To learn more about CarbonWorks, check out their website.

Connect with them:  Facebook /  Twitter /  Instagram
Stream their music:  YouTube /  Spotify /  Soundcloud
Purchase:  iTunes /  Amazon

Featured Song & Video: CRYSTAL CITIES – “Who’s Gonna Save Us Now”

Every once in a while you hear a song for the first time and it’s instant love. That was my reaction upon first hearing the breathtaking new single “Who’s Gonna Save Us Now” by Australian band Crystal Cities. Musically and lyrically, the song is absolutely stunning, and it’s arrangement and production are flawless.

Based in Sydney, Crystal Cities is Geoff Rana on vocals & guitars, Jared King on bass & backing vocals and Daniel Conte on drums. The guys call their music “Dream Rock that sounds like Death Cab For Cutie had a War On Drugs with The Beatles.” It’s a perfect description of their music style.

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The beautiful video was directed by Vittoria Merlino-Dentice and, as explained in notes for the video, is “set in the 1940’s, [and] follows the journey of two young child compadres as they escape from their well-to-do life, exploring the Australian countryside, and searching for truth from a perspective of innocence and vulnerability.

Connect with Crystal Cities:  Twitter /  Facebook /  Instagram

Stream their music:  Soundcloud /  Spotify /  YouTube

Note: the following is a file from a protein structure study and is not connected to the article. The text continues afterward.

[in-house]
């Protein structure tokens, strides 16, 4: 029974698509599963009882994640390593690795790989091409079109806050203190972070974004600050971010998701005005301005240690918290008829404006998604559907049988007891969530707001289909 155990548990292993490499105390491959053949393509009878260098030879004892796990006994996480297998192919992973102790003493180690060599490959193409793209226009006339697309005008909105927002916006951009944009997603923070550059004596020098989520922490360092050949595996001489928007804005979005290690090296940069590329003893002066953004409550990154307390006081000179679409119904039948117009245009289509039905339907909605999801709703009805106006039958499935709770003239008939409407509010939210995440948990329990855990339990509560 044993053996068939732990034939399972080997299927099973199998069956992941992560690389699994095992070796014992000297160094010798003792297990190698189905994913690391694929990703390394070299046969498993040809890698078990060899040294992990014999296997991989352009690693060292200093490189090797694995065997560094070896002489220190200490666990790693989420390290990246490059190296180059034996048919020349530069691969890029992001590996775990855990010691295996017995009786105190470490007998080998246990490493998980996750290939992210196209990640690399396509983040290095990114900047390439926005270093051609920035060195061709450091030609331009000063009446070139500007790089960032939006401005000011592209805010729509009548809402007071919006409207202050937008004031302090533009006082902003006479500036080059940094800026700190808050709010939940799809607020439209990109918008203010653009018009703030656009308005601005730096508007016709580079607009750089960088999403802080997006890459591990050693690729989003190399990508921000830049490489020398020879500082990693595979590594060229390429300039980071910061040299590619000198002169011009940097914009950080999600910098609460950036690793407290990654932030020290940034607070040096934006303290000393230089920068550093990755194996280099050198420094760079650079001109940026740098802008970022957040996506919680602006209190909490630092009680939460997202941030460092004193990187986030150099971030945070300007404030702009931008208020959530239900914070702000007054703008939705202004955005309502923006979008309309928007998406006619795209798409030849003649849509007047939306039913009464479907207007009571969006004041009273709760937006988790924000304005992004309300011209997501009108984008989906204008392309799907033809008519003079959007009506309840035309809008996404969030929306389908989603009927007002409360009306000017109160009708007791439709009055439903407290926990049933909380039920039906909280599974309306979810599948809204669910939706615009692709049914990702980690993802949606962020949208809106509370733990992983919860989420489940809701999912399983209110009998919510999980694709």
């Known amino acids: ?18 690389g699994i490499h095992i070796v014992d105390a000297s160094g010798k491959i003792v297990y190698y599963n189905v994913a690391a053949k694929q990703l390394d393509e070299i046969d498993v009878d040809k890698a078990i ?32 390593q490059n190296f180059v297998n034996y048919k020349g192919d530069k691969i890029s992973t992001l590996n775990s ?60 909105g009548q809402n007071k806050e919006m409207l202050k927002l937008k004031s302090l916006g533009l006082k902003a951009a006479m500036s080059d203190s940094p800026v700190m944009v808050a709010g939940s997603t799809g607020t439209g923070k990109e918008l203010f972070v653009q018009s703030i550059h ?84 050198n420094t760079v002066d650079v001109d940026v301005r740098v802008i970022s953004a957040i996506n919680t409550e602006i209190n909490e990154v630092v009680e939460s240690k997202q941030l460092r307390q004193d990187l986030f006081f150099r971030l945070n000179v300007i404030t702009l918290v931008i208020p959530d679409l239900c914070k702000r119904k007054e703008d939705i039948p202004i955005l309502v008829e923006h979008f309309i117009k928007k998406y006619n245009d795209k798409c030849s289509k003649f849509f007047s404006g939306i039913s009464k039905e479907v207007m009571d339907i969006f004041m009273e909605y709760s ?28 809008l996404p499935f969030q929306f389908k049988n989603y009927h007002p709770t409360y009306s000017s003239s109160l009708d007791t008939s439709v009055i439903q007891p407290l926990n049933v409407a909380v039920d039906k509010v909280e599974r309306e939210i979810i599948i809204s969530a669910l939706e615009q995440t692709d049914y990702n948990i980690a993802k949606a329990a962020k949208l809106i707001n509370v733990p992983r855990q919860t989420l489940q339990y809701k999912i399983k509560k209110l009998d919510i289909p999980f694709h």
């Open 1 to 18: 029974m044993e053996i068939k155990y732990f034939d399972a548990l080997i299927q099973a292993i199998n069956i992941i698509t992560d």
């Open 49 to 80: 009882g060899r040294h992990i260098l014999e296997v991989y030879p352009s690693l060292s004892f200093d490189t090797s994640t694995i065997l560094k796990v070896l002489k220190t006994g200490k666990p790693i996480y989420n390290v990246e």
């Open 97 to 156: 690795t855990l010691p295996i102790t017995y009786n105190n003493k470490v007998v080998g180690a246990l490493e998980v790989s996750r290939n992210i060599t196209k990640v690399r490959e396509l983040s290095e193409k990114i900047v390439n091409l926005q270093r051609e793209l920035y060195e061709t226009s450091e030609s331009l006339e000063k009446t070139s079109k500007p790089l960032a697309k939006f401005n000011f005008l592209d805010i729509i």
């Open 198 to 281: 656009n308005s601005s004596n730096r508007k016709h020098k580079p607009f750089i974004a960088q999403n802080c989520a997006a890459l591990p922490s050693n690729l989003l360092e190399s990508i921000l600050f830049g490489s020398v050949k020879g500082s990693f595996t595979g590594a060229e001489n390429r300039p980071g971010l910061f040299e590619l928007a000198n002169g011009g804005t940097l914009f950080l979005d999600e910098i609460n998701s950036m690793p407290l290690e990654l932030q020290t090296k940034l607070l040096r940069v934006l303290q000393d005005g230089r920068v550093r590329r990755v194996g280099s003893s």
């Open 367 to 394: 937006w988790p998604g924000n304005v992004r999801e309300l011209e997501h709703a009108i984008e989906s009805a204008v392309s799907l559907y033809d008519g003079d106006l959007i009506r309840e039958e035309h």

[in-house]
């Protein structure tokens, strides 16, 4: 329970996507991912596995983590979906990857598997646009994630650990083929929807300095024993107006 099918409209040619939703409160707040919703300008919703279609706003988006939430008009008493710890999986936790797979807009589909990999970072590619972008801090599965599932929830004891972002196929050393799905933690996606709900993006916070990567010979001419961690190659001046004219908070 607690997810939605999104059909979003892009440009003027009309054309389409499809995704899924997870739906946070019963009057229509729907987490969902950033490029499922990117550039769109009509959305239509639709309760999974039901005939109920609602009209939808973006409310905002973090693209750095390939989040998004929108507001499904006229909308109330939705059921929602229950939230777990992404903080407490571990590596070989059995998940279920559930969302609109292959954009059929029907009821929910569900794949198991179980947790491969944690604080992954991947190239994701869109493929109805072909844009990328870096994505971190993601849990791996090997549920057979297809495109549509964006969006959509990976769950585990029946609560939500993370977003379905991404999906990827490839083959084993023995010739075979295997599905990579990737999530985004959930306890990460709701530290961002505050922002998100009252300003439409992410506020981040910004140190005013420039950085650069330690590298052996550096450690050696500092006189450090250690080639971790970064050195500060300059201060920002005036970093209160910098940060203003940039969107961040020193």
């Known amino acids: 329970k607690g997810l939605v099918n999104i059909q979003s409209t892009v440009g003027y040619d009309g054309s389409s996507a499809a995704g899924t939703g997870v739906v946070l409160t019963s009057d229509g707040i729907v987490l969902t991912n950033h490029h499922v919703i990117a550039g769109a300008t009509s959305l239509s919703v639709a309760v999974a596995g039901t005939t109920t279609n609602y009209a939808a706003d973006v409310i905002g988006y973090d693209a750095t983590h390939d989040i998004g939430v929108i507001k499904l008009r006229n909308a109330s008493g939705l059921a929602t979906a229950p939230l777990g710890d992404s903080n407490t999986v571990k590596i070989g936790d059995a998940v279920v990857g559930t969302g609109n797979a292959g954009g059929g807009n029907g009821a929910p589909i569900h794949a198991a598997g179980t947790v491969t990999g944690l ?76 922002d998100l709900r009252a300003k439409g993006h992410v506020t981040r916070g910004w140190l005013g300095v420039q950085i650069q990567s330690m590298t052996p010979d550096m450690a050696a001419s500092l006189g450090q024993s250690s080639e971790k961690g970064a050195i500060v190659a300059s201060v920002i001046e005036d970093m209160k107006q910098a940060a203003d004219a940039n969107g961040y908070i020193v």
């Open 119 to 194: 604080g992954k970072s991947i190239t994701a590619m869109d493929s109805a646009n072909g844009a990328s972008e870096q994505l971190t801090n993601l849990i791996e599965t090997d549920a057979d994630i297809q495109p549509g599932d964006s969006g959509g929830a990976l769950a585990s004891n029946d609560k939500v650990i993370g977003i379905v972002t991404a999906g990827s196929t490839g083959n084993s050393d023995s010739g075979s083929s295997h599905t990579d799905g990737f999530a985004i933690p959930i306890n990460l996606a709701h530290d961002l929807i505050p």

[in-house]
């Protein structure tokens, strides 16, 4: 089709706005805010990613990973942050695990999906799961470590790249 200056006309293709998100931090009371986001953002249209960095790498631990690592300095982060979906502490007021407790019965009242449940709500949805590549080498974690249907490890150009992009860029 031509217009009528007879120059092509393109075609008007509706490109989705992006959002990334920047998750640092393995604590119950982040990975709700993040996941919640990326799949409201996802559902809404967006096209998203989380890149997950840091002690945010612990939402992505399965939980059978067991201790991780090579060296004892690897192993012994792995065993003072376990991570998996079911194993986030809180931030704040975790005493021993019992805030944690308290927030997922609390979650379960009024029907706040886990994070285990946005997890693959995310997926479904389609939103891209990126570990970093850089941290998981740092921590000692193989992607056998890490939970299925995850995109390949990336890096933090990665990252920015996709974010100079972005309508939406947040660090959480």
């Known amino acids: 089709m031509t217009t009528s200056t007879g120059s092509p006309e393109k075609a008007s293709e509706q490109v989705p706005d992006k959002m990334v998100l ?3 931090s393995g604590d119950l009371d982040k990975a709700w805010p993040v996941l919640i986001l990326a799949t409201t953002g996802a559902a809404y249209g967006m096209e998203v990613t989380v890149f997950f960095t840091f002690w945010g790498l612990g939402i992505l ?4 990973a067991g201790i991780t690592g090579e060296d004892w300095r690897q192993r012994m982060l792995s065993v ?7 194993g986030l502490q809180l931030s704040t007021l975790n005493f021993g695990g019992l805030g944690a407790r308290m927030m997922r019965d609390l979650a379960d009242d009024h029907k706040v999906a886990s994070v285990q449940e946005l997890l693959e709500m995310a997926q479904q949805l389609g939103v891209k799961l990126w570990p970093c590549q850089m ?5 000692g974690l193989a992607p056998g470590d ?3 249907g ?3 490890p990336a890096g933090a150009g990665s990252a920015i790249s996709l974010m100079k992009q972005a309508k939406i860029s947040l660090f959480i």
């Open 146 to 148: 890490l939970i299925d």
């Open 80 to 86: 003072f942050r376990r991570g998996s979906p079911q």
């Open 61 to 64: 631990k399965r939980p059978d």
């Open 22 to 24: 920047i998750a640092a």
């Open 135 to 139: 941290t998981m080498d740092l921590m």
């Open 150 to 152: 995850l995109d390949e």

Purchase:  Bandcamp /  iTunes

Featured Video: FOUR COLOUR GHOSTS – “Freak” live

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I recently discovered the alternative rock band Four Colour Ghosts, and once I heard this incredible live performance of their song “Freak” I became an instant fan. Hailing from Teesside, UK, the band is comprised of AJ (Lead Vocals/Guitar, Lewis Jeffreys (Lead Guitar), Paul Brown (Bass/Vocals) and Rob Moore (Drums). Their dynamic, wide-ranging rock style is influenced by such greats as Pearl Jam, Iron Maiden, Foo Fighters, Stereophonics, Guns n Roses, and Joe Bonamassa. As they humorously state on their Facebook bio – “We are the band that your music teacher warned you about, the band your neighbours bang on the wall for, the band you want blasting on your car stereo.” Yes, yes and a big yes to all that!

This live performance and the blistering guitar work remind me of Cream at their best. Take a listen and be prepared to have your senses dazed!

Connect with Four Colour Ghosts:  Website / Facebook / Twitter / Instagram /

Stream their music: Spotify / YouTube / Soundcloud

Purchase it: iTunes

 

Featured Song and Video: CALLING ALL ASTRONAUTS – “Life As We Know It”

UK band Calling All Astronauts are a London-based three-piece who play complex and dark politically-charged Electronic Goth Post-Punk music.  They’ve established a reputation in the alternative underground not only because of their often provocative lyrics, but also their ability to mix electro, rock, goth, post-punk and dubstep into their amazing music style. Band members include vocalist/songwriter/programmer and producer David B, guitarist JJ Browning, and bassist Paul “Buzz Saw” McCrudden

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In a divergence from their usual darker sound comes their latest single “Life As We Know It.” Taken from their superb highly topical album Anti-Social Network, it’s a really outstanding EDM track featuring gorgeous synths and chiming guitars set to an addictive driving beat. David’s rough monotone vocals contrast with the smooth clear instrumentals, creating a bit of tension that adds to the overall quality of the track. I liked it so much upon my first listen that I had to feature it on this blog.